Protecting Nature's Hotspots for people and prosperity


East Melanesian Islands

These islands qualify as a biodiversity hotspot due to their high levels of endemism and accelerating levels of habitat loss.​
eastern himalayas

Sitting at the juncture between Asia and the Indian subcontinent, the Eastern Himalayas includes Bhutan, northeastern India and parts of Nepal.

Indo-Burma is one of the most threatened of Earth’s 34 biodiversity hotspots. Only about 5 percent of its natural habitats remain in relatively pristine condition.

Mountains of Southwest China

The natural diversity of this hotspot is mirrored by great cultural diversity. The region is home to 17 of China’s 55 ethnic minority groups.



Larger islands here hold more unique species than most countries and even small islands support greater natural wealth than the biologically richest countries in Europe.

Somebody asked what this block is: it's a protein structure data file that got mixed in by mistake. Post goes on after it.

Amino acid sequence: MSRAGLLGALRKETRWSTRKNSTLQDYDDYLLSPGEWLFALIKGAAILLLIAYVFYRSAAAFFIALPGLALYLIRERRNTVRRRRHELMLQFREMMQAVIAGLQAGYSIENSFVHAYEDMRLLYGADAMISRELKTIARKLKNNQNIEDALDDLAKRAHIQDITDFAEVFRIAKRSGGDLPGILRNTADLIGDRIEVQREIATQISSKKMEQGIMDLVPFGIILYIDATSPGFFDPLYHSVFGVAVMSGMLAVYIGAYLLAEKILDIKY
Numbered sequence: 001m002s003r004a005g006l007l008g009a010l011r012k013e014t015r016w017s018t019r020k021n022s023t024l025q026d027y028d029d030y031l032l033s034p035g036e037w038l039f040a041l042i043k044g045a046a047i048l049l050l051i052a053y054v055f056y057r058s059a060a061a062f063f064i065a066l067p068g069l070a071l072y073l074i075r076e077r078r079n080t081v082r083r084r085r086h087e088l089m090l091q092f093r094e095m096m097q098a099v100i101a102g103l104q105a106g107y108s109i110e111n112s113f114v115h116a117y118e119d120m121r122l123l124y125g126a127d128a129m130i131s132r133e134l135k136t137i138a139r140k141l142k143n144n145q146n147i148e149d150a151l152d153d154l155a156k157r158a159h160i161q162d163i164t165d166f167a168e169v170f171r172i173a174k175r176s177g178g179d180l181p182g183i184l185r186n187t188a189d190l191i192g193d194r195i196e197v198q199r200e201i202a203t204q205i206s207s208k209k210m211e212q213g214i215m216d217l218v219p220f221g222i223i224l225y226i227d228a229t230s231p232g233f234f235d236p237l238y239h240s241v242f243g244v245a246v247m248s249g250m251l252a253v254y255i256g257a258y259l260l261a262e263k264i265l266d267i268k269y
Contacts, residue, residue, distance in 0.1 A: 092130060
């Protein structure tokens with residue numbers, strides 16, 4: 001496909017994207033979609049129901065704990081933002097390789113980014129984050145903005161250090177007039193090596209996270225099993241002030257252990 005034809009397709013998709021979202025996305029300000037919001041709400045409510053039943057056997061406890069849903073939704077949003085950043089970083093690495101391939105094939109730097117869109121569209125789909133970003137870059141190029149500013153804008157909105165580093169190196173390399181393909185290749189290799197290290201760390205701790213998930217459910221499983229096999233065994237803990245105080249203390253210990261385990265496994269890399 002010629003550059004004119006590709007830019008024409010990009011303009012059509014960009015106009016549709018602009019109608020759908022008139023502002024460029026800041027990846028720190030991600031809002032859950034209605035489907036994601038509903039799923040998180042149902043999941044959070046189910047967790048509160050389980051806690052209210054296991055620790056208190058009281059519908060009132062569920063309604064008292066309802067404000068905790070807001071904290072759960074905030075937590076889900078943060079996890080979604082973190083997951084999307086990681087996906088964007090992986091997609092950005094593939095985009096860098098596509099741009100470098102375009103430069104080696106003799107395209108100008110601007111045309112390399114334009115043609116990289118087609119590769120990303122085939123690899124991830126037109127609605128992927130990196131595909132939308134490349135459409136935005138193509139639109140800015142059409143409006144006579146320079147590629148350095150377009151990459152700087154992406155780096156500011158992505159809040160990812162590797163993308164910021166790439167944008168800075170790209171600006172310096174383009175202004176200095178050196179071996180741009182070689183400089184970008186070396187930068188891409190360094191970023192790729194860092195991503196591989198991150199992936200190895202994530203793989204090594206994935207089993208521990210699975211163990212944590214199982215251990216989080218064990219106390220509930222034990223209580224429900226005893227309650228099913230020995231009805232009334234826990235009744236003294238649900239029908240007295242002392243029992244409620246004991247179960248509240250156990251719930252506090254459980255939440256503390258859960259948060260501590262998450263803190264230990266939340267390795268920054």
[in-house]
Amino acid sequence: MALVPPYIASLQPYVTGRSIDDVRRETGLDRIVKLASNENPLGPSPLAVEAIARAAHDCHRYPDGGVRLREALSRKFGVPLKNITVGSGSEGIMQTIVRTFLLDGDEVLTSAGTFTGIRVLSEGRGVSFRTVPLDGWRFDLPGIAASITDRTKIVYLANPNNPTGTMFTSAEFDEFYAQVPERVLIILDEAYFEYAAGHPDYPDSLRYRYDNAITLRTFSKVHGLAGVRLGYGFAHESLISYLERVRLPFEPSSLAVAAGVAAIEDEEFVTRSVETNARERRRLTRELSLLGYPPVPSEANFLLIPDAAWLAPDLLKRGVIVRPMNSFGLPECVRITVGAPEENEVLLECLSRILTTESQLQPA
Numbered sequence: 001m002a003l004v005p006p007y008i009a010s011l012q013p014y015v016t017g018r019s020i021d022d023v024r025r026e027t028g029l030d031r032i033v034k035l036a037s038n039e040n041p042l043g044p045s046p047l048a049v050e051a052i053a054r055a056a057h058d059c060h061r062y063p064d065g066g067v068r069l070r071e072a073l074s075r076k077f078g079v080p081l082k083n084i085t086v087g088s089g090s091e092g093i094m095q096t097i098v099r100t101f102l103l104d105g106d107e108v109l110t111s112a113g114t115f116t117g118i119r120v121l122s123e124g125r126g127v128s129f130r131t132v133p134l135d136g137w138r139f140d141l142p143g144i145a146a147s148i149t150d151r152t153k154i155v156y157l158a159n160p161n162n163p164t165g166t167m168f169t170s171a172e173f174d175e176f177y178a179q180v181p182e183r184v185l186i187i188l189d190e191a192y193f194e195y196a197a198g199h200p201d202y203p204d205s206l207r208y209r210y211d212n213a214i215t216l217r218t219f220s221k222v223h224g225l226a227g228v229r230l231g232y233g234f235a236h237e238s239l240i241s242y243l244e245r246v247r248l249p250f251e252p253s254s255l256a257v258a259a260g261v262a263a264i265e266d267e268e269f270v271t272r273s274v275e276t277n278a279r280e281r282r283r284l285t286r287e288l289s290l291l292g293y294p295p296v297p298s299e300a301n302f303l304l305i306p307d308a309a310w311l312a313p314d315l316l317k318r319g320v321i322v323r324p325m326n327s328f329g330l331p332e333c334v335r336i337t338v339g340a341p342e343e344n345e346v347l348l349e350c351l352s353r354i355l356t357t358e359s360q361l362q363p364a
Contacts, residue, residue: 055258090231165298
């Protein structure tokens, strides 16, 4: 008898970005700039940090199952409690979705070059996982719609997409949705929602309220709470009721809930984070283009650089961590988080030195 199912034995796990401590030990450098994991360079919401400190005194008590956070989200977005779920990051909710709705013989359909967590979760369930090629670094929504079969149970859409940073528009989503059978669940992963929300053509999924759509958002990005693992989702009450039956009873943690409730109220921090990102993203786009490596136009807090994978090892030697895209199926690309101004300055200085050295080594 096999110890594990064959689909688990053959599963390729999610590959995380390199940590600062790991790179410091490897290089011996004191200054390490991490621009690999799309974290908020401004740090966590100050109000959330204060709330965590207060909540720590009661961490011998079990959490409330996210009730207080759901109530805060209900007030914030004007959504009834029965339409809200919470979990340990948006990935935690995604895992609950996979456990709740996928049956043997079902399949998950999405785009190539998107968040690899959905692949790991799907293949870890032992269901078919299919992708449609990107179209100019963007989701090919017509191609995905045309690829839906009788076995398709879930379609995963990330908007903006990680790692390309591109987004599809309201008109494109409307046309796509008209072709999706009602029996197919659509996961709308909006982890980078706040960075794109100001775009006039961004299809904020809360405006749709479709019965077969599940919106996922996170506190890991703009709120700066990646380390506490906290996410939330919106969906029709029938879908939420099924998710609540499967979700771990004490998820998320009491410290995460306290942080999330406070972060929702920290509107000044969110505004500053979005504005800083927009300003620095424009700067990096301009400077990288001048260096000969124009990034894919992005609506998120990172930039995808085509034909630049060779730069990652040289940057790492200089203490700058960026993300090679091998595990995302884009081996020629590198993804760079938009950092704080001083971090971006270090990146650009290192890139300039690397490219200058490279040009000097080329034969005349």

These fragile lands are home to many species crucial to the natural processes and sustainability of ecosystems, as well as the livelihoods of the Pacific islanders.

This hotspot covers the western half of the Indo-Malayan archipelago, and is dominated two of the largest islands in the world: Borneo and Sumatra.

The Wallacea region (along with neighboring New Guinea) has more marine species than anywhere else on the planet, and it forms the heart of the Coral Triangle.
Western Ghats

The Western Ghats of India performs important hydrological and watershed functions, sustaining  approximately 245 million people.
See Also
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